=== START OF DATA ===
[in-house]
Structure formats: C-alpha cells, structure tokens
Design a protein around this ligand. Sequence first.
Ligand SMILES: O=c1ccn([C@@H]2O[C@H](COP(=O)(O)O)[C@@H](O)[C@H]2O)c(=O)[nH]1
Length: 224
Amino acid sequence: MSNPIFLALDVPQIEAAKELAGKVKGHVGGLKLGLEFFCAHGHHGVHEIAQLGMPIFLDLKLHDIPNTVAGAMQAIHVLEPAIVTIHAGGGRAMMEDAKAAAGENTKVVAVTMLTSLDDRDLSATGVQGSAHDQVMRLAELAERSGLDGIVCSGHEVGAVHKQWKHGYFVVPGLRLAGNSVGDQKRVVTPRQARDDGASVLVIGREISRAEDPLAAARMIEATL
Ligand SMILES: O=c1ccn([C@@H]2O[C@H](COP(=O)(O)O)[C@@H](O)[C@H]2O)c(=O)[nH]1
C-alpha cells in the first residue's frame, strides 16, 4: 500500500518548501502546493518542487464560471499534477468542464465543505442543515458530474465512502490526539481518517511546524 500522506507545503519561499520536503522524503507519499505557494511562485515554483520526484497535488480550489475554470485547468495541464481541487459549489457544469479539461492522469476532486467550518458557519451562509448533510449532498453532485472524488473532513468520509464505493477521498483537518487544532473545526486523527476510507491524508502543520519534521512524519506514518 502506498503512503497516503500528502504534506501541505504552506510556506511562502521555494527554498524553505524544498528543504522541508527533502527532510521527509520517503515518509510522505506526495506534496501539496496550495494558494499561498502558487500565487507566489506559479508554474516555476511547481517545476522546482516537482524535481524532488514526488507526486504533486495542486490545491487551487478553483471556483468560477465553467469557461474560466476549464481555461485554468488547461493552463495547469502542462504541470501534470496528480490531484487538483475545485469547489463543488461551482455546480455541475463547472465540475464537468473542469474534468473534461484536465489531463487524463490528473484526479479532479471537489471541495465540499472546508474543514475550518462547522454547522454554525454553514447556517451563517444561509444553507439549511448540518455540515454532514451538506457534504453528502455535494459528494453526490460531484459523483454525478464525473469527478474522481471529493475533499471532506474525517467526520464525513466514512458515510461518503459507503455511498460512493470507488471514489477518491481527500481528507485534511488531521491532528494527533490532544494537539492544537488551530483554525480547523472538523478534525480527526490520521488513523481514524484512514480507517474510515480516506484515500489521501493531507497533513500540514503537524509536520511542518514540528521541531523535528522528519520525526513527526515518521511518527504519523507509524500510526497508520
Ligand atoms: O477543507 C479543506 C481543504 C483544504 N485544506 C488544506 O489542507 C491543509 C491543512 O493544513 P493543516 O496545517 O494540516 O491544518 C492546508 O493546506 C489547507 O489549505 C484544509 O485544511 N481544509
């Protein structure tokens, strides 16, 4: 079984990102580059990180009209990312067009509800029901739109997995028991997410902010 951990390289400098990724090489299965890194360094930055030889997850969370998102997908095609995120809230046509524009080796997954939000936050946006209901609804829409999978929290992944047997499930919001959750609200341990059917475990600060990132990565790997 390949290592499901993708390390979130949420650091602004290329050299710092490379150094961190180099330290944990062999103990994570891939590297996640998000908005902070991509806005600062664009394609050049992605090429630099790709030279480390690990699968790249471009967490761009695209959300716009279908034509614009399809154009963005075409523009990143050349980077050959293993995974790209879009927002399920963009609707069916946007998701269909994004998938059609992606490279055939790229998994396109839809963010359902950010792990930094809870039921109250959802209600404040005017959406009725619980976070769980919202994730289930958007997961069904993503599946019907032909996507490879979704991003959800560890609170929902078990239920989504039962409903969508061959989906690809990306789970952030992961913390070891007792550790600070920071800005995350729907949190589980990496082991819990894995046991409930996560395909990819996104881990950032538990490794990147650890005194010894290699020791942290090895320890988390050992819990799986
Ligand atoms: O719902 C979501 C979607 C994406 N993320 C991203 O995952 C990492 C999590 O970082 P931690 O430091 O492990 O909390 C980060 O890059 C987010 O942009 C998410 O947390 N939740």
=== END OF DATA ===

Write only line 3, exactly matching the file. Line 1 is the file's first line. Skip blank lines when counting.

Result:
Design a protein around this ligand. Sequence first.